Kay Ryan, “Crocodile Tears”

Regarding mere humans, “crocodile tears” serves as a put-down. “He’s crying crocodile tears” nowadays means he’s being fake, a drama queen, showing off his grief for his purposes.

Crocodiles are far more interesting than that. Once upon a time, they were observed crying while eating what they killed. Even if one translates this behavior to human behavior, it reflects a specific person. The first mentions of crocodile tears have to do with politics: one with power can weep publicly for others, even eulogizing them, while being directly responsible for their death. Later, some influenced by a more religious line of thinking argued crocodiles showed repentance, and it is very curious why anyone would think that which provides an obvious good involves any regret. Still others thought that crocodiles cried while eating in order to lure more victims to them, and this strange logic has persisted in the way the expression is used nowadays, though it has been stripped of charm. (1)

Ryan tries to bring the crocodile back in her short lament:

Crocodile Tears (from Poetry)
Kay Ryan

The one sincere
crocodile has
gone dry eyed
for years. Why
bother crying
crocodile tears.

She starts with a personified crocodile, sure, but it is still a crocodile. The one sincere crocodile has gone dry eyed for years. It knows what it wants, gets it, has no regrets about what it conceives as good. As it is predatory in the extreme, one gets the distinct impression that its thriving has come at the expense of friends. It is the one sincere crocodile, after all, and it has been dry eyed for years. Has it cried for anybody? — I can’t help but think of “Bill and Pete” when I read this poem. Pete, the crocodile’s bird toothbrush, saves his crocodile friend Bill from the evil luggage maker. Bill, we can safely say, is not sincere. —

Back to the poem: Why bother crying crocodile tears? One answer: the perception that we can admit to mistakes makes us social beings. Not repentance, but the illusion of repentance, means one can access social goods. This creates a really nasty trap — if the one sincere crocodile could fake a tear or two, he’d get all the food he wants and then some.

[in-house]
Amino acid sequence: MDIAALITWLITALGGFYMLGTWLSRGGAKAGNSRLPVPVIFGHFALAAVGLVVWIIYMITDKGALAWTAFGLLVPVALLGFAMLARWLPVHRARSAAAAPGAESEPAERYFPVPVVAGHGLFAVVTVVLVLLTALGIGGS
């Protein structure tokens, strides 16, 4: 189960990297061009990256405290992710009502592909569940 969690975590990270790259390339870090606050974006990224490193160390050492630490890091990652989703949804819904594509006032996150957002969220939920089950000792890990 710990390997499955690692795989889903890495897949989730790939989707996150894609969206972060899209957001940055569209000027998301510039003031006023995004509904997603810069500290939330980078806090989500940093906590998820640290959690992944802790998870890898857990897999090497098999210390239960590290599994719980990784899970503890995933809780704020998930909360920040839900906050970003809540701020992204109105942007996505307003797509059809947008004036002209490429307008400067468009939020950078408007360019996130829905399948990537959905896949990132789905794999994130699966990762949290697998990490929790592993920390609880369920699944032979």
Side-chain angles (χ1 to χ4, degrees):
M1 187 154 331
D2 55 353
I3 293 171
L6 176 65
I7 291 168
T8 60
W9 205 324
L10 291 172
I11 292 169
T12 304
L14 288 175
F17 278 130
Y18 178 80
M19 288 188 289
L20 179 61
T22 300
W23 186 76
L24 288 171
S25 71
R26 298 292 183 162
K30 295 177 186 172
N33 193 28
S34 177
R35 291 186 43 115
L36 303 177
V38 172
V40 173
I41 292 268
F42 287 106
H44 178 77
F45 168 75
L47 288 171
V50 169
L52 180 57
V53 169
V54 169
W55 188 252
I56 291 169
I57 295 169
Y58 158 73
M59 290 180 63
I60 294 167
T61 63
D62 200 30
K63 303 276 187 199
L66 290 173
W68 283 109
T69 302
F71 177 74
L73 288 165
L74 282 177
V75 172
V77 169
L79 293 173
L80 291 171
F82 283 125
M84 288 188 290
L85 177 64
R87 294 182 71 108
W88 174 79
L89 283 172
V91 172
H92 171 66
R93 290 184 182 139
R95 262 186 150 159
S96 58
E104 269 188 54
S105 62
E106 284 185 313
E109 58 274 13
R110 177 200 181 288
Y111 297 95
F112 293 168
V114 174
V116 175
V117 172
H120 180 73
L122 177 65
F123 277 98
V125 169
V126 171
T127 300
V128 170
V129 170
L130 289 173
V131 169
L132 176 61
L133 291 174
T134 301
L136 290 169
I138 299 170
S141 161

But the one sincere crocodile, alone and unlovable, is perfectly content with what he has. In savagery, lack of civilization, he has peace. Why bother crying crocodile tears laments how complicated everything is. Someone’s a hypocrite, and as a result is flooded with benefits: they can kill and then cry and be praised as moral. Someone else is a hypocrite and gets a fate worse than death: you killed someone, then cried, and now you’re considered fake and murderous. Then there are those who are sincere. We’ve spoken of the crocodile of this poem, content in his constant, relentless killing. But someone else killing all the time for happiness, if aware how the world works, knows he’s perpetually in second place to a crocodile who can cry while eating and be praised for it. In the end, “why bother crying crocodile tears” stands as the speaker’s dissatisfaction with herself. Why can’t I learn to be content with what I have? Why is this, in a way, impossible?

Notes

This paragraph about ancient and medieval views of crocodile tears owes much to Wikipedia:

“Crocodile Tears,” Wikipedia, accessed June 30, 2017. https://en.wikipedia.org/wiki/Crocodile_tears

Leave a Comment

Your email address will not be published. Required fields are marked *